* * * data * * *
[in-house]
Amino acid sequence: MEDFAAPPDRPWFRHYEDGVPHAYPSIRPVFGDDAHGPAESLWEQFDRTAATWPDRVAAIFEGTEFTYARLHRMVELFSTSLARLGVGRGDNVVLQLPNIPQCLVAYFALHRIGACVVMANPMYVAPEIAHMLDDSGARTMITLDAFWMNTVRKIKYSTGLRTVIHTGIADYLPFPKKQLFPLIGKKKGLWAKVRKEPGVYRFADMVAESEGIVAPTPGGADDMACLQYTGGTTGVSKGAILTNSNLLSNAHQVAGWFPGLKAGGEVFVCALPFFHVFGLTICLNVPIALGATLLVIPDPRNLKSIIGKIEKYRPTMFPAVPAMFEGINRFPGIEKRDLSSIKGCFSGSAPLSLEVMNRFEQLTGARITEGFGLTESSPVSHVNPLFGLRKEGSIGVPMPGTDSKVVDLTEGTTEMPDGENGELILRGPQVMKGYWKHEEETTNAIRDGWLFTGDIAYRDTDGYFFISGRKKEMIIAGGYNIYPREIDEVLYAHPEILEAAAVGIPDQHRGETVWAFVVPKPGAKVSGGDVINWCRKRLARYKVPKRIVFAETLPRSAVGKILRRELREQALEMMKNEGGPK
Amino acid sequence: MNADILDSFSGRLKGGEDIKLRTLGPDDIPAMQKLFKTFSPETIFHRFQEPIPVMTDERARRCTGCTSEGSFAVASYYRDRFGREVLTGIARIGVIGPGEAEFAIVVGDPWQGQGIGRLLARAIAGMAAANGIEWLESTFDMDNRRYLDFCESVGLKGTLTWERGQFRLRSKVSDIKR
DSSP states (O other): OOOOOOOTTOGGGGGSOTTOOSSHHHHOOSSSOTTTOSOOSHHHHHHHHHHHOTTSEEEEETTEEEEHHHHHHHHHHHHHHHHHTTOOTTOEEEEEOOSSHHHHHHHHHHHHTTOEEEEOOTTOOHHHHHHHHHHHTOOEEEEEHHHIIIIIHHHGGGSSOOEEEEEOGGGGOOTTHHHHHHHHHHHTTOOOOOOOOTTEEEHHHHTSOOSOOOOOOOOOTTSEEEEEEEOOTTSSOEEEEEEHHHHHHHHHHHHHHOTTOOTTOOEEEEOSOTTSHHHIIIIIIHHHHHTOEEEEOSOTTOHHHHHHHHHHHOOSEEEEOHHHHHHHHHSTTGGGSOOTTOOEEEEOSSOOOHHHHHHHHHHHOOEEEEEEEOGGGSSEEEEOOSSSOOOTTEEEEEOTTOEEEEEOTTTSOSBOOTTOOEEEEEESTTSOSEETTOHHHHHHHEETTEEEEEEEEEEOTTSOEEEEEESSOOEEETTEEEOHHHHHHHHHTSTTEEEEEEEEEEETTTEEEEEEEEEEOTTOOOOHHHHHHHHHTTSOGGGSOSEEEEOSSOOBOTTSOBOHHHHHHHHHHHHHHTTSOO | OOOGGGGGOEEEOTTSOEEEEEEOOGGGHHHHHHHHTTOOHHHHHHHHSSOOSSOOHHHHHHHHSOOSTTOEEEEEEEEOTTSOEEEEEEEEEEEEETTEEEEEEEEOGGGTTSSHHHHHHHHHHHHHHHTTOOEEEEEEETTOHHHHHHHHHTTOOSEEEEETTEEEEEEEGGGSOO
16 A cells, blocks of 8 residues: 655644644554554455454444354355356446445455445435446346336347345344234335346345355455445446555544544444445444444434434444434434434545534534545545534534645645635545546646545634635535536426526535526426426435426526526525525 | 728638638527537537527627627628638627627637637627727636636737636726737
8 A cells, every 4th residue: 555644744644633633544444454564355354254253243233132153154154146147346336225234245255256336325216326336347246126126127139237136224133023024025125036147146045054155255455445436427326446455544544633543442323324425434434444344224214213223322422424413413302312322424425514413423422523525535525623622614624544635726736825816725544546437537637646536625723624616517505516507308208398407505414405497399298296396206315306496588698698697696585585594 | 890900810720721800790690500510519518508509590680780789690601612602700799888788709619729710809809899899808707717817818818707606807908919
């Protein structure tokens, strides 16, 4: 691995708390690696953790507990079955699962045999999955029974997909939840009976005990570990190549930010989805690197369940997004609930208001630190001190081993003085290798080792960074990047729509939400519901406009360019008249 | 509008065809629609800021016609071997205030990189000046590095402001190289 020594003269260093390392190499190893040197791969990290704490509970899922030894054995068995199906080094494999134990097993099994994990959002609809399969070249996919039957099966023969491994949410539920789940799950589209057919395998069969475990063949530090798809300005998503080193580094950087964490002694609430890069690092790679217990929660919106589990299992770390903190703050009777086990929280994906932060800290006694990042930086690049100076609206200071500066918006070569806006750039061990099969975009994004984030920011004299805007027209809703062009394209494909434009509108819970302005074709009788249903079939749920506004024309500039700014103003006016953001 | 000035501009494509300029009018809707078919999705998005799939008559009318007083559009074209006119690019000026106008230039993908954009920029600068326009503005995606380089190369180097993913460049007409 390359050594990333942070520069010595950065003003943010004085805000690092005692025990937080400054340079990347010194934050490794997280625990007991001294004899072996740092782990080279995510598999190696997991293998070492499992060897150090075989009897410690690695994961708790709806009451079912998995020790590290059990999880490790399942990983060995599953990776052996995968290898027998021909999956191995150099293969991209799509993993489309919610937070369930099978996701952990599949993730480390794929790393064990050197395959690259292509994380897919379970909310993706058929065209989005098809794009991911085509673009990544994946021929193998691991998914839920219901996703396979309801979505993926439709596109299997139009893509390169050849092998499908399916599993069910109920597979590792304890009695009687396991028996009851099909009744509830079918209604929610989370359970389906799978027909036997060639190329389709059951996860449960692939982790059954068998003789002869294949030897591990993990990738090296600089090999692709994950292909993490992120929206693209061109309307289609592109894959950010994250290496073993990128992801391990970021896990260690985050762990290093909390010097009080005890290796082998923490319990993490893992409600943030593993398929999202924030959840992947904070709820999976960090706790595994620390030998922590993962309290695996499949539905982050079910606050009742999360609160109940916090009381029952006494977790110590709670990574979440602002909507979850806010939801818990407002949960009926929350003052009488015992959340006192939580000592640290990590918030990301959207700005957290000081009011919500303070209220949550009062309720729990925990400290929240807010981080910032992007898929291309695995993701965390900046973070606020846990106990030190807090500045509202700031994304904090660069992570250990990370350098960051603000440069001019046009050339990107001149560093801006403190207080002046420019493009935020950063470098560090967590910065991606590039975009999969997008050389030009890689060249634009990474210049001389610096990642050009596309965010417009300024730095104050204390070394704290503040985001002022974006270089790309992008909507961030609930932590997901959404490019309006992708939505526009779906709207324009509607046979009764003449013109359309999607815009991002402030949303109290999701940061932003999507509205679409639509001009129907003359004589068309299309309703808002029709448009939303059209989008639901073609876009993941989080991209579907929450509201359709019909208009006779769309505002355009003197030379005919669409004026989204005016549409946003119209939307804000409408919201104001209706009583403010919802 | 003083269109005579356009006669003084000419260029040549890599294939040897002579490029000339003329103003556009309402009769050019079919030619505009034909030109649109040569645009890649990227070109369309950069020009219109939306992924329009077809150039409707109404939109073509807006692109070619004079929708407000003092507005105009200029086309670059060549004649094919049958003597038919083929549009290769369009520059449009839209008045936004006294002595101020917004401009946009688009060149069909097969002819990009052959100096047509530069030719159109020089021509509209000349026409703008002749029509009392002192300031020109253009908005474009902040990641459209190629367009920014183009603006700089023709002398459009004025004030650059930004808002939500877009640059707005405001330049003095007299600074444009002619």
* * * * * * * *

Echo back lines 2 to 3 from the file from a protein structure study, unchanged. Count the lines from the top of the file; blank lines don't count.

Amino acid sequence: MEDFAAPPDRPWFRHYEDGVPHAYPSIRPVFGDDAHGPAESLWEQFDRTAATWPDRVAAIFEGTEFTYARLHRMVELFSTSLARLGVGRGDNVVLQLPNIPQCLVAYFALHRIGACVVMANPMYVAPEIAHMLDDSGARTMITLDAFWMNTVRKIKYSTGLRTVIHTGIADYLPFPKKQLFPLIGKKKGLWAKVRKEPGVYRFADMVAESEGIVAPTPGGADDMACLQYTGGTTGVSKGAILTNSNLLSNAHQVAGWFPGLKAGGEVFVCALPFFHVFGLTICLNVPIALGATLLVIPDPRNLKSIIGKIEKYRPTMFPAVPAMFEGINRFPGIEKRDLSSIKGCFSGSAPLSLEVMNRFEQLTGARITEGFGLTESSPVSHVNPLFGLRKEGSIGVPMPGTDSKVVDLTEGTTEMPDGENGELILRGPQVMKGYWKHEEETTNAIRDGWLFTGDIAYRDTDGYFFISGRKKEMIIAGGYNIYPREIDEVLYAHPEILEAAAVGIPDQHRGETVWAFVVPKPGAKVSGGDVINWCRKRLARYKVPKRIVFAETLPRSAVGKILRRELREQALEMMKNEGGPK
Amino acid sequence: MNADILDSFSGRLKGGEDIKLRTLGPDDIPAMQKLFKTFSPETIFHRFQEPIPVMTDERARRCTGCTSEGSFAVASYYRDRFGREVLTGIARIGVIGPGEAEFAIVVGDPWQGQGIGRLLARAIAGMAAANGIEWLESTFDMDNRRYLDFCESVGLKGTLTWERGQFRLRSKVSDIKR